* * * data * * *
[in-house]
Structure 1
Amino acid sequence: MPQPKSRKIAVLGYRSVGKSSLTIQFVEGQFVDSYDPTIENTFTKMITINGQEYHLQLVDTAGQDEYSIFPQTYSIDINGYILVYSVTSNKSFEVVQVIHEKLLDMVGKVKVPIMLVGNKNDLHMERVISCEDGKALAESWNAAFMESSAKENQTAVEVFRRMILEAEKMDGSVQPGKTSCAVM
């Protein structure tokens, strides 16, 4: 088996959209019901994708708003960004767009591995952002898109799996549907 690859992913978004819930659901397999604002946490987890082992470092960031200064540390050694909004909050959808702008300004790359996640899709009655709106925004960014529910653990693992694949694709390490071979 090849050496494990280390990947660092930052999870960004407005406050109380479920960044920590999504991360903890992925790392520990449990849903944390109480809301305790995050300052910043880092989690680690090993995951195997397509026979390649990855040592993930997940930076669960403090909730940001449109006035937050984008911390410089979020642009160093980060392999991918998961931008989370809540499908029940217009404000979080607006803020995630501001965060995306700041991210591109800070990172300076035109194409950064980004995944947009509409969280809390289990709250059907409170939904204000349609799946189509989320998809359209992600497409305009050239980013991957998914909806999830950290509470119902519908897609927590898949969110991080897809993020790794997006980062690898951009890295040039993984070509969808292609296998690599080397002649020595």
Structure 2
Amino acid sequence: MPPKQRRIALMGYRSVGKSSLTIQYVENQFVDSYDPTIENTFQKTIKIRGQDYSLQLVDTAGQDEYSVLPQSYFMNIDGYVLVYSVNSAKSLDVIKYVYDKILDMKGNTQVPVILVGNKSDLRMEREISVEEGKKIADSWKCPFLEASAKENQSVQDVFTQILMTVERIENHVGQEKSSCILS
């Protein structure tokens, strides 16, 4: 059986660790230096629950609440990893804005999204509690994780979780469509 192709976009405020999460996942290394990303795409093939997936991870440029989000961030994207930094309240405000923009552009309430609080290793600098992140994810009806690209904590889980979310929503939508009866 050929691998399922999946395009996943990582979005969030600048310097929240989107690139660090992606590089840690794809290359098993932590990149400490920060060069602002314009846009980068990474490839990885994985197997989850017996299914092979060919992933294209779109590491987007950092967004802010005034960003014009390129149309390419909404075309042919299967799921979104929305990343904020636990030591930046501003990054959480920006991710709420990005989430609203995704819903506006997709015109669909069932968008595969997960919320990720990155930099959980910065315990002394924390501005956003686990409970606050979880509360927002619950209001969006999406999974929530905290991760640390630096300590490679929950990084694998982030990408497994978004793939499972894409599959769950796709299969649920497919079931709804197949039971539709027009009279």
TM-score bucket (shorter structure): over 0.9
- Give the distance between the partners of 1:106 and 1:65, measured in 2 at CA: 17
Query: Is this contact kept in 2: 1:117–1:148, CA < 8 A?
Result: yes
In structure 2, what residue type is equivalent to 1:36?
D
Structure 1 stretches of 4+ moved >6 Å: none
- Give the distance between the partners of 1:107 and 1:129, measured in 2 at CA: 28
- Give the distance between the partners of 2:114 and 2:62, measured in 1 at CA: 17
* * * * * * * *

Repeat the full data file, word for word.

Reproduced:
[in-house]
Structure 1
Amino acid sequence: MPQPKSRKIAVLGYRSVGKSSLTIQFVEGQFVDSYDPTIENTFTKMITINGQEYHLQLVDTAGQDEYSIFPQTYSIDINGYILVYSVTSNKSFEVVQVIHEKLLDMVGKVKVPIMLVGNKNDLHMERVISCEDGKALAESWNAAFMESSAKENQTAVEVFRRMILEAEKMDGSVQPGKTSCAVM
């Protein structure tokens, strides 16, 4: 088996959209019901994708708003960004767009591995952002898109799996549907 690859992913978004819930659901397999604002946490987890082992470092960031200064540390050694909004909050959808702008300004790359996640899709009655709106925004960014529910653990693992694949694709390490071979 090849050496494990280390990947660092930052999870960004407005406050109380479920960044920590999504991360903890992925790392520990449990849903944390109480809301305790995050300052910043880092989690680690090993995951195997397509026979390649990855040592993930997940930076669960403090909730940001449109006035937050984008911390410089979020642009160093980060392999991918998961931008989370809540499908029940217009404000979080607006803020995630501001965060995306700041991210591109800070990172300076035109194409950064980004995944947009509409969280809390289990709250059907409170939904204000349609799946189509989320998809359209992600497409305009050239980013991957998914909806999830950290509470119902519908897609927590898949969110991080897809993020790794997006980062690898951009890295040039993984070509969808292609296998690599080397002649020595």
Structure 2
Amino acid sequence: MPPKQRRIALMGYRSVGKSSLTIQYVENQFVDSYDPTIENTFQKTIKIRGQDYSLQLVDTAGQDEYSVLPQSYFMNIDGYVLVYSVNSAKSLDVIKYVYDKILDMKGNTQVPVILVGNKSDLRMEREISVEEGKKIADSWKCPFLEASAKENQSVQDVFTQILMTVERIENHVGQEKSSCILS
């Protein structure tokens, strides 16, 4: 059986660790230096629950609440990893804005999204509690994780979780469509 192709976009405020999460996942290394990303795409093939997936991870440029989000961030994207930094309240405000923009552009309430609080290793600098992140994810009806690209904590889980979310929503939508009866 050929691998399922999946395009996943990582979005969030600048310097929240989107690139660090992606590089840690794809290359098993932590990149400490920060060069602002314009846009980068990474490839990885994985197997989850017996299914092979060919992933294209779109590491987007950092967004802010005034960003014009390129149309390419909404075309042919299967799921979104929305990343904020636990030591930046501003990054959480920006991710709420990005989430609203995704819903506006997709015109669909069932968008595969997960919320990720990155930099959980910065315990002394924390501005956003686990409970606050979880509360927002619950209001969006999406999974929530905290991760640390630096300590490679929950990084694998982030990408497994978004793939499972894409599959769950796709299969649920497919079931709804197949039971539709027009009279």
TM-score bucket (shorter structure): over 0.9
- Give the distance between the partners of 1:106 and 1:65, measured in 2 at CA: 17
Query: Is this contact kept in 2: 1:117–1:148, CA < 8 A?
Result: yes
In structure 2, what residue type is equivalent to 1:36?
D
Structure 1 stretches of 4+ moved >6 Å: none
- Give the distance between the partners of 1:107 and 1:129, measured in 2 at CA: 28
- Give the distance between the partners of 2:114 and 2:62, measured in 1 at CA: 17